Prefix Tree Overview

Like a prefix list, the prefix tree specifies a base IP address and a length, which is the number of bits applied to the base to determine the network prefix. The tested address is matched against the prefix. The prefix tree also enables route summarization.

However, the prefix tree does not match addresses one by one in sequence against the listed conditions. The router performs a binary search against the tree structure of the entries. If the tested address is less than a particular entry, it branches one way to another test pair; if it is greater than the entry, it branches the other way to another mutually exclusive test pair. The router stops testing conditions when it finds the best match. If no conditions match, the router rejects the address. An empty prefix tree results in an automatic permit of the tested address.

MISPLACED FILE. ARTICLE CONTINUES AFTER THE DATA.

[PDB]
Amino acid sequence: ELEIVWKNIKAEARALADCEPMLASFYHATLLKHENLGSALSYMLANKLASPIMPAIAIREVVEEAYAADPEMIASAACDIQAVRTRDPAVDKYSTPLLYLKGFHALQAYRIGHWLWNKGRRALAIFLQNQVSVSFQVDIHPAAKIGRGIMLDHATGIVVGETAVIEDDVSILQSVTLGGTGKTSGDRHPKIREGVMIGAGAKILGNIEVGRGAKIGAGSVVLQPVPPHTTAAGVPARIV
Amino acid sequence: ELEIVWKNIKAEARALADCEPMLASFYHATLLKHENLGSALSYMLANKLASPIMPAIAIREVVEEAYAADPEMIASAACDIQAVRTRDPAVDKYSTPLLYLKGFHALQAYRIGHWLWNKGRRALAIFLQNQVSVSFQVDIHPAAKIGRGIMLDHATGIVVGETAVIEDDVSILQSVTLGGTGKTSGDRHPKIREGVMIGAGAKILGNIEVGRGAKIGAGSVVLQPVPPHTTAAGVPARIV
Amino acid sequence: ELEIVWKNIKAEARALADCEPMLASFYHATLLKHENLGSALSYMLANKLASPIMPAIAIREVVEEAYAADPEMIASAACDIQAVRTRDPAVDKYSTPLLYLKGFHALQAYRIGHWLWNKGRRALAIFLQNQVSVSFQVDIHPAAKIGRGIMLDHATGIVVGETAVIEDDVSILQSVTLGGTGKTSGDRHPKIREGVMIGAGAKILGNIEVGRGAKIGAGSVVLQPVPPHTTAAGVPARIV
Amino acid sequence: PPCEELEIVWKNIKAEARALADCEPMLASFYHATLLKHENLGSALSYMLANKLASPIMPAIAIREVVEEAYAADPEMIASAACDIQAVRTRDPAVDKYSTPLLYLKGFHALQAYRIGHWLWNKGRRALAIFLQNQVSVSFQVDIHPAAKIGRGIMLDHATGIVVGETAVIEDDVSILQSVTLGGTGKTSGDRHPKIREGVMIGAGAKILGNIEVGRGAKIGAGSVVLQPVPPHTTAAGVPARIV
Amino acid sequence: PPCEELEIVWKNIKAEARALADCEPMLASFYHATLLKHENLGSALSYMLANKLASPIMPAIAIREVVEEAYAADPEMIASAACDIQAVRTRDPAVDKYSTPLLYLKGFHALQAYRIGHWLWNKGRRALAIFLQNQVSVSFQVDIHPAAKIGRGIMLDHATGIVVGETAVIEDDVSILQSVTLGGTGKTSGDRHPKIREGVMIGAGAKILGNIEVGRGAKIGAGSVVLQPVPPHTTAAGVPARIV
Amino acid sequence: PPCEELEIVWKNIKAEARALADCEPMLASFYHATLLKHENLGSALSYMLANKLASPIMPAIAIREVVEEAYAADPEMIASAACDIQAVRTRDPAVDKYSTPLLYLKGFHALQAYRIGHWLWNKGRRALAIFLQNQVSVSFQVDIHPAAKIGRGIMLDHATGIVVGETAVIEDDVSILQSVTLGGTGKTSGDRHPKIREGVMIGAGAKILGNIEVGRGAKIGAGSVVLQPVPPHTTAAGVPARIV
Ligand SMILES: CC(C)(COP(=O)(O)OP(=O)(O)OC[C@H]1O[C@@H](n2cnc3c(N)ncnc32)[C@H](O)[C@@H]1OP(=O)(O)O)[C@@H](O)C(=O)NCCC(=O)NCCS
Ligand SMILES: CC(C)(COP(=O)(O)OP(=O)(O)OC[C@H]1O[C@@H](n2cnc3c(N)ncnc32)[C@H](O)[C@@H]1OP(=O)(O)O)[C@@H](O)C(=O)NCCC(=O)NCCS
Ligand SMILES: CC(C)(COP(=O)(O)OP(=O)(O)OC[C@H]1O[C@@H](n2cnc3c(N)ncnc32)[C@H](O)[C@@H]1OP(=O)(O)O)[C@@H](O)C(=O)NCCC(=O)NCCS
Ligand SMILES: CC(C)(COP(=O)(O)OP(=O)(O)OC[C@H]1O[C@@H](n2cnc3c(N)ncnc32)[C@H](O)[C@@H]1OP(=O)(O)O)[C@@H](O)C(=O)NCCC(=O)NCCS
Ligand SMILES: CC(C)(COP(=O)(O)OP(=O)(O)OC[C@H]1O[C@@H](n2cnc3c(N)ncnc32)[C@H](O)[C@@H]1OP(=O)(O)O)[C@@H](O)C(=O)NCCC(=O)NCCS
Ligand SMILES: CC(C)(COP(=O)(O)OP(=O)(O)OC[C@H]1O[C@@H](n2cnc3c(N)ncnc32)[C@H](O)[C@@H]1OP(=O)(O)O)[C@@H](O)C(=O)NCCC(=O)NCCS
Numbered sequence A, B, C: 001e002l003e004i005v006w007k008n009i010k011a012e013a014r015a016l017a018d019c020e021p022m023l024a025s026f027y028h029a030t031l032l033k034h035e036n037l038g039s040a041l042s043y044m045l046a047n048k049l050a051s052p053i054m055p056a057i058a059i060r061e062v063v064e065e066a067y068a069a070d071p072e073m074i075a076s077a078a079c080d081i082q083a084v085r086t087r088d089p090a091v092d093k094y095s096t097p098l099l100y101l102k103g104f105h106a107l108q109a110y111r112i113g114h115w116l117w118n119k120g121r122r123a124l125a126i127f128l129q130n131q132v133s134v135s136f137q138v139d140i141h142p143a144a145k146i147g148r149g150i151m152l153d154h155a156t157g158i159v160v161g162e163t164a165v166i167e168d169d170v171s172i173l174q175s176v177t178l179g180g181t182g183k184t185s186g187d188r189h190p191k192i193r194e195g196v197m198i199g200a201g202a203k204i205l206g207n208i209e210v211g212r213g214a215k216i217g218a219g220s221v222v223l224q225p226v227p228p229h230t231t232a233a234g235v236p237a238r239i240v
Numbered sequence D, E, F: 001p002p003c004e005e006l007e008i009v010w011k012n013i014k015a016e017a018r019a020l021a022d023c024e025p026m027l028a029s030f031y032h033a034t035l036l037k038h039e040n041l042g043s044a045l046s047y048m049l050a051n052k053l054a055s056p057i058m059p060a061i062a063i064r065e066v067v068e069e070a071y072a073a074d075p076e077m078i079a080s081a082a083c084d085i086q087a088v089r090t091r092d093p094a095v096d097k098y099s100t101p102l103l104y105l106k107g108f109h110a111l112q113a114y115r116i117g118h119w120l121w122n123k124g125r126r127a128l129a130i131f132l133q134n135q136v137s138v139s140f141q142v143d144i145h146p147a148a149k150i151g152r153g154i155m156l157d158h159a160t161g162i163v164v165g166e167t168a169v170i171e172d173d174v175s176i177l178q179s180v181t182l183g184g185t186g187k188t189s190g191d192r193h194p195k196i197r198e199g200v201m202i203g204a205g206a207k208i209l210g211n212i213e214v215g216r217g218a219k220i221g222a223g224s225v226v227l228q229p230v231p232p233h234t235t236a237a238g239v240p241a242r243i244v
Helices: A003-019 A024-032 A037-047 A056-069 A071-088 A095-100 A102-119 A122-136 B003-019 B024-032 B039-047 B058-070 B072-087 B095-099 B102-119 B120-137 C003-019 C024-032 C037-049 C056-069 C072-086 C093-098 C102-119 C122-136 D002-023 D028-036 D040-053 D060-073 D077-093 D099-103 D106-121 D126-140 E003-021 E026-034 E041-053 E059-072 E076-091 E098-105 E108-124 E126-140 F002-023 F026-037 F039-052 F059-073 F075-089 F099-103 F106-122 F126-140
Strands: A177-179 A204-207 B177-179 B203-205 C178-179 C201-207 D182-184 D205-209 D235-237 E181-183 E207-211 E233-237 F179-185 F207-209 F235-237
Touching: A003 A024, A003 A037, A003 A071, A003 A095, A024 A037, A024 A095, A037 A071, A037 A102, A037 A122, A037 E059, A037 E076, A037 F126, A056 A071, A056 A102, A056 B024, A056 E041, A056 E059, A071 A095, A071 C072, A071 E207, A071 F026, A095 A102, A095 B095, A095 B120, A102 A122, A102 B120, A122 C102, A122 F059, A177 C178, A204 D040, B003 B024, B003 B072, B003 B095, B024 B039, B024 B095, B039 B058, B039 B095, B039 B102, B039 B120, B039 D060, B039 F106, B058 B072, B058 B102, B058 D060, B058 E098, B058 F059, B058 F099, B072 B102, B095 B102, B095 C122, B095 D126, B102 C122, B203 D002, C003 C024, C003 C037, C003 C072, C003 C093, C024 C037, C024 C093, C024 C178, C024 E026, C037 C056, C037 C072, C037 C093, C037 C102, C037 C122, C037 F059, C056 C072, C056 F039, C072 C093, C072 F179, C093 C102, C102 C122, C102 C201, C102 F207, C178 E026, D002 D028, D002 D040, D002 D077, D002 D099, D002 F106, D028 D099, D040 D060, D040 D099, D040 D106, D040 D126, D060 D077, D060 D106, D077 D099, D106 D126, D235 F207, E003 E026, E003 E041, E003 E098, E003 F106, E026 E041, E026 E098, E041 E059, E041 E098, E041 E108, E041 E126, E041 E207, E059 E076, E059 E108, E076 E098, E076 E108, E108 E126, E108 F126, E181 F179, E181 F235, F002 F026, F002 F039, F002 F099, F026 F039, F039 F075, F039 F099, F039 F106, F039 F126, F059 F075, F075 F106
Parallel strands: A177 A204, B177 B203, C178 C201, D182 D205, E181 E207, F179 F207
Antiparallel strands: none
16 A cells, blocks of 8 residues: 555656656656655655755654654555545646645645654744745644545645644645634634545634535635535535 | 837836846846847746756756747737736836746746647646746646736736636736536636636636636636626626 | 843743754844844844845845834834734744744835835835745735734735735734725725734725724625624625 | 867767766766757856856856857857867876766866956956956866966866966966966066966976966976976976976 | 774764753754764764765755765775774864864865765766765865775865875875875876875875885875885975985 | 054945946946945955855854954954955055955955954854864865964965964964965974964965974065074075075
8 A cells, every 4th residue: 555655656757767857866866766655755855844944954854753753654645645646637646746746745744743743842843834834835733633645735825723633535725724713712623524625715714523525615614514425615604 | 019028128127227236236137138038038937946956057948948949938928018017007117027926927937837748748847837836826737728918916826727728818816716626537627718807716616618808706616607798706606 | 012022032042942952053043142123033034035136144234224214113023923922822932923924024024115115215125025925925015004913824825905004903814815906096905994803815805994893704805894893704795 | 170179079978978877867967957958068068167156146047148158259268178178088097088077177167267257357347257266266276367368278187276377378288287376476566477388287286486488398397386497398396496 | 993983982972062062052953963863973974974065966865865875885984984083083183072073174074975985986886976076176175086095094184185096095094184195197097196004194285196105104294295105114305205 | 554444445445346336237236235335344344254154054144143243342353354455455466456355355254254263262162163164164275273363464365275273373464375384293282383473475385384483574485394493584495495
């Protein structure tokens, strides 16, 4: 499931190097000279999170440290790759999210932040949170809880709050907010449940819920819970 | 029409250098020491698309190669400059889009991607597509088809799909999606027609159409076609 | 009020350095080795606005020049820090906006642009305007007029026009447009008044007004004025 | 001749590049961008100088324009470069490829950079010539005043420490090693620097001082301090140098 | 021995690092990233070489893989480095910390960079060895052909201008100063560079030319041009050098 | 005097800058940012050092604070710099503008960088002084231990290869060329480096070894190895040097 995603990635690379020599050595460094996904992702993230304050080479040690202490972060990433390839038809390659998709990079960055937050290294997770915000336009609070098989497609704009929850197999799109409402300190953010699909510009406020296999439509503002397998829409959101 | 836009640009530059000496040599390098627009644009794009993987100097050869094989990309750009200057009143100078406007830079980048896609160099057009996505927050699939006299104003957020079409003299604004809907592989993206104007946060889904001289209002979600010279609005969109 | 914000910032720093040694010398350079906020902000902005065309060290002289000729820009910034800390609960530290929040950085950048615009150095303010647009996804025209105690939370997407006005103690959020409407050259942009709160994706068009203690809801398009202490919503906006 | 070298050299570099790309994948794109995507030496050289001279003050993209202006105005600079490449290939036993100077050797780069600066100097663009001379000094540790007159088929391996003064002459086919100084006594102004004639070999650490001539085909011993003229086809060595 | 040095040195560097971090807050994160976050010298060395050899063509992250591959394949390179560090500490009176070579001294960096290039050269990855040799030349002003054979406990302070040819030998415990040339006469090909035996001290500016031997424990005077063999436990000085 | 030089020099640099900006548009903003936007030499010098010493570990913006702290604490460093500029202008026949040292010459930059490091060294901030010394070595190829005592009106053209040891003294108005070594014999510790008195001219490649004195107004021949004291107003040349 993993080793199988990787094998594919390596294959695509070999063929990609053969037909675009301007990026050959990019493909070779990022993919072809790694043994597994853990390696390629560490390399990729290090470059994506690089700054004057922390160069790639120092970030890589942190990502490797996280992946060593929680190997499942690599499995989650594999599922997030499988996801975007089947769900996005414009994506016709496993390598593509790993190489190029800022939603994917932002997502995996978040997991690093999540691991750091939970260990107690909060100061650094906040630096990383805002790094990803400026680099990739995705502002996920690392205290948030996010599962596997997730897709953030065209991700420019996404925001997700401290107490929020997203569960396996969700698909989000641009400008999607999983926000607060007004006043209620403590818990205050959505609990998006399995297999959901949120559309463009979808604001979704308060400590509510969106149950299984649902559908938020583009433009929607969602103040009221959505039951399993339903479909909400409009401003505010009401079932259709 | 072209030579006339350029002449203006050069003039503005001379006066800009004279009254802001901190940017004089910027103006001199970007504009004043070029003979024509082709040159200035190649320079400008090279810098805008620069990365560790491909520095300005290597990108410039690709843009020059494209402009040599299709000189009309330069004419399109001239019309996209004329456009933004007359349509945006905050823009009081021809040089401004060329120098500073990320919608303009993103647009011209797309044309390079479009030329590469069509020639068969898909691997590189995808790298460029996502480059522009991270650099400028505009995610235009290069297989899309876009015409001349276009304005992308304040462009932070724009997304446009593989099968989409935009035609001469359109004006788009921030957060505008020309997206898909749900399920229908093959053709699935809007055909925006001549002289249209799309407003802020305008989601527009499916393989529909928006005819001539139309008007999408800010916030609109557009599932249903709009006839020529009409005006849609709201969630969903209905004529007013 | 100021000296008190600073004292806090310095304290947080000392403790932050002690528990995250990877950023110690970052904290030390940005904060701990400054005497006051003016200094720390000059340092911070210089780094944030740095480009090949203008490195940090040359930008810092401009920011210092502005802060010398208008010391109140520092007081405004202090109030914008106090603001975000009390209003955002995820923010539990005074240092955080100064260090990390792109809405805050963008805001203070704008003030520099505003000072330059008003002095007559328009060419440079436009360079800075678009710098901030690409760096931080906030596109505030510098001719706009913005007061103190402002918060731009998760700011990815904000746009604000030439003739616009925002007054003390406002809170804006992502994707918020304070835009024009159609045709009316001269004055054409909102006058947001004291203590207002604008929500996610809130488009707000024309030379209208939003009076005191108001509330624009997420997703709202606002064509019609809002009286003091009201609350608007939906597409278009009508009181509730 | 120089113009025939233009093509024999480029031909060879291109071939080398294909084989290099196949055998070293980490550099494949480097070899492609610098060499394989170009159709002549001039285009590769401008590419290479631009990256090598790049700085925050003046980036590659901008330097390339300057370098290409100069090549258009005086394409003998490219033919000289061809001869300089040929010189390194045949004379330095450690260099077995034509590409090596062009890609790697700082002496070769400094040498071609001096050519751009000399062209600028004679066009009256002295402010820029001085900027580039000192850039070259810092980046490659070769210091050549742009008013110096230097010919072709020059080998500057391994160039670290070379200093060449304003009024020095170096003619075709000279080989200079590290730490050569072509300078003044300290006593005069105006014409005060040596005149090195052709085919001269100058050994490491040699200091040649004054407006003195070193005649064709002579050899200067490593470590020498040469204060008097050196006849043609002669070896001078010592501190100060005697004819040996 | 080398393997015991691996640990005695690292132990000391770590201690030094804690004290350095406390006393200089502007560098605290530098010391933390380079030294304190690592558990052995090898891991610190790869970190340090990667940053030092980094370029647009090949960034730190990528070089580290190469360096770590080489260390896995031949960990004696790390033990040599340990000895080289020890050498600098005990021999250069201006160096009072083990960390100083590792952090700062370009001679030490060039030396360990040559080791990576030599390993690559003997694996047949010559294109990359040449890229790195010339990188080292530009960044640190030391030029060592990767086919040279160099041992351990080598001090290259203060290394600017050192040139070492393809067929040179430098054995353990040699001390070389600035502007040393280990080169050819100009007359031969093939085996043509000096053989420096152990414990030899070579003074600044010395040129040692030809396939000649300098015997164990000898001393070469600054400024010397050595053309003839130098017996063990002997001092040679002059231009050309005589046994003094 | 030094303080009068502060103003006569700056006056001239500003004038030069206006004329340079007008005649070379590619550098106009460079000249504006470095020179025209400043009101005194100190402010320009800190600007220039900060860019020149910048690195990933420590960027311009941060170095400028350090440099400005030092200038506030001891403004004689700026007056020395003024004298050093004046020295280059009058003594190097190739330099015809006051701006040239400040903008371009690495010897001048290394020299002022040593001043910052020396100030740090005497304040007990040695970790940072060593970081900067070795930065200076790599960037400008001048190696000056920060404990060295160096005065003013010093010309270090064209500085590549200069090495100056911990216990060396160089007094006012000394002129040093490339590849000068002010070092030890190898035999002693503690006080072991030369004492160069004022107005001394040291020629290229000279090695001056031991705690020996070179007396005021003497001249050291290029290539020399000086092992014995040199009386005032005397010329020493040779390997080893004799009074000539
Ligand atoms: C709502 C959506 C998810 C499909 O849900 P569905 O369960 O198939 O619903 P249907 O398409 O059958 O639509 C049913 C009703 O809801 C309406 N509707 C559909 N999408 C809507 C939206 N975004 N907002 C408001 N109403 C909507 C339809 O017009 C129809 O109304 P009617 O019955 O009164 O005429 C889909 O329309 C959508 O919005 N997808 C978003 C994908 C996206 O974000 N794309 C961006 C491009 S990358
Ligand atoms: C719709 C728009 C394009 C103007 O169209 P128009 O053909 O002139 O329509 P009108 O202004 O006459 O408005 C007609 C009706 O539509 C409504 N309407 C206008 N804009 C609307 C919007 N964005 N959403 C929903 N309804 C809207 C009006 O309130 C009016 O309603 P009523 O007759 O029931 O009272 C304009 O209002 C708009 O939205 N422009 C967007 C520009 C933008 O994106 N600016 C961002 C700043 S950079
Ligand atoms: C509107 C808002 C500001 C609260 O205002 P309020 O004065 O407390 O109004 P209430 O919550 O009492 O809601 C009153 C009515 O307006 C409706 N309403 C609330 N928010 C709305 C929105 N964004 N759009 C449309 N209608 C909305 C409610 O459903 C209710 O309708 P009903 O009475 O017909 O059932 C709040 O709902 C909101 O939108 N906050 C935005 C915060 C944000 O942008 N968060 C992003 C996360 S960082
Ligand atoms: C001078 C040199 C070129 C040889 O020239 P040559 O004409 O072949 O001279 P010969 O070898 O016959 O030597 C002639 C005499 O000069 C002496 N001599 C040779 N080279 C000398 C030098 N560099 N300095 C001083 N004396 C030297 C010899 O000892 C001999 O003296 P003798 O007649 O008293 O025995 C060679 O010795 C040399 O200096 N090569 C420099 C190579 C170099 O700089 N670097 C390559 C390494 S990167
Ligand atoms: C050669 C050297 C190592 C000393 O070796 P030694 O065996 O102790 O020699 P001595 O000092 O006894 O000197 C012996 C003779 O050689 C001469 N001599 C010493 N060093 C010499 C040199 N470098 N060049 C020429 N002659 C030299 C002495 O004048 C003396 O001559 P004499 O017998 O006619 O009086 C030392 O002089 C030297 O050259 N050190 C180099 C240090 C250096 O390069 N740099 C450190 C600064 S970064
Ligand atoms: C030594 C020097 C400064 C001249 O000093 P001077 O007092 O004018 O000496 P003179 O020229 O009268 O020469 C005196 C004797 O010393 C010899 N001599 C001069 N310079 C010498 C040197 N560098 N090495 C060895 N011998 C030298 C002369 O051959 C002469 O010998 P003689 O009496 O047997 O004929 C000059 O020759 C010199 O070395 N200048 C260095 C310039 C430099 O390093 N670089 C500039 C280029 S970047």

The prefix tree provides a faster search method and matches the test address more closely than either the access list or the prefix list.

Use the ip prefix-tree command to define an IP prefix tree. Use the prefix-tree keyword with the match ip address or match ip next-hop command to add a clause to a route map. Use the match-set summary prefix-tree command to specify the prefix tree that summarizes routes for a particular route map.

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